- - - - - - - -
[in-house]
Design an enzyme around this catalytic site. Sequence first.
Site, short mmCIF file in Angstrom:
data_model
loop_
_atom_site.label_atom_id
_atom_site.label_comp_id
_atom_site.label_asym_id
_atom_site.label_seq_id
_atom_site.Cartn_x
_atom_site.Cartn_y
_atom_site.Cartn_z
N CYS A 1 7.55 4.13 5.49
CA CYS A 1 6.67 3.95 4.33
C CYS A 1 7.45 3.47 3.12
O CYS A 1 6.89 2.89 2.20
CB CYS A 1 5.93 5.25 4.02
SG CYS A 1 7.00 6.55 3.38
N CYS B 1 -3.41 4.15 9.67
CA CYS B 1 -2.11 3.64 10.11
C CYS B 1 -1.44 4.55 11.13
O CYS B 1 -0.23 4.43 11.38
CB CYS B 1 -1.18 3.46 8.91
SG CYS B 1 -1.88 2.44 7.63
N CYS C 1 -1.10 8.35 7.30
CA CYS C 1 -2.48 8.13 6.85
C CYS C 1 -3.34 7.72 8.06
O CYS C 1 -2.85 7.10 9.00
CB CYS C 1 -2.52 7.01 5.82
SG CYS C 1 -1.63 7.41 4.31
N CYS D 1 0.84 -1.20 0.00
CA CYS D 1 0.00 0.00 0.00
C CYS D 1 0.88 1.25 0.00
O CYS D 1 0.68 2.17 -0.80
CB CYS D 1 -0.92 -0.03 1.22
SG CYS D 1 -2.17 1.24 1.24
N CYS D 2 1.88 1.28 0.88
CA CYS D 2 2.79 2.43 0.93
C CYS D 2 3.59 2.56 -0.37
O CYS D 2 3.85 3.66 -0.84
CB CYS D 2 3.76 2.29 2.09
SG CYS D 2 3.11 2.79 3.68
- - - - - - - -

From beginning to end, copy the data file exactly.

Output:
[in-house]
Design an enzyme around this catalytic site. Sequence first.
Site, short mmCIF file in Angstrom:
data_model
loop_
_atom_site.label_atom_id
_atom_site.label_comp_id
_atom_site.label_asym_id
_atom_site.label_seq_id
_atom_site.Cartn_x
_atom_site.Cartn_y
_atom_site.Cartn_z
N CYS A 1 7.55 4.13 5.49
CA CYS A 1 6.67 3.95 4.33
C CYS A 1 7.45 3.47 3.12
O CYS A 1 6.89 2.89 2.20
CB CYS A 1 5.93 5.25 4.02
SG CYS A 1 7.00 6.55 3.38
N CYS B 1 -3.41 4.15 9.67
CA CYS B 1 -2.11 3.64 10.11
C CYS B 1 -1.44 4.55 11.13
O CYS B 1 -0.23 4.43 11.38
CB CYS B 1 -1.18 3.46 8.91
SG CYS B 1 -1.88 2.44 7.63
N CYS C 1 -1.10 8.35 7.30
CA CYS C 1 -2.48 8.13 6.85
C CYS C 1 -3.34 7.72 8.06
O CYS C 1 -2.85 7.10 9.00
CB CYS C 1 -2.52 7.01 5.82
SG CYS C 1 -1.63 7.41 4.31
N CYS D 1 0.84 -1.20 0.00
CA CYS D 1 0.00 0.00 0.00
C CYS D 1 0.88 1.25 0.00
O CYS D 1 0.68 2.17 -0.80
CB CYS D 1 -0.92 -0.03 1.22
SG CYS D 1 -2.17 1.24 1.24
N CYS D 2 1.88 1.28 0.88
CA CYS D 2 2.79 2.43 0.93
C CYS D 2 3.59 2.56 -0.37
O CYS D 2 3.85 3.66 -0.84
CB CYS D 2 3.76 2.29 2.09
SG CYS D 2 3.11 2.79 3.68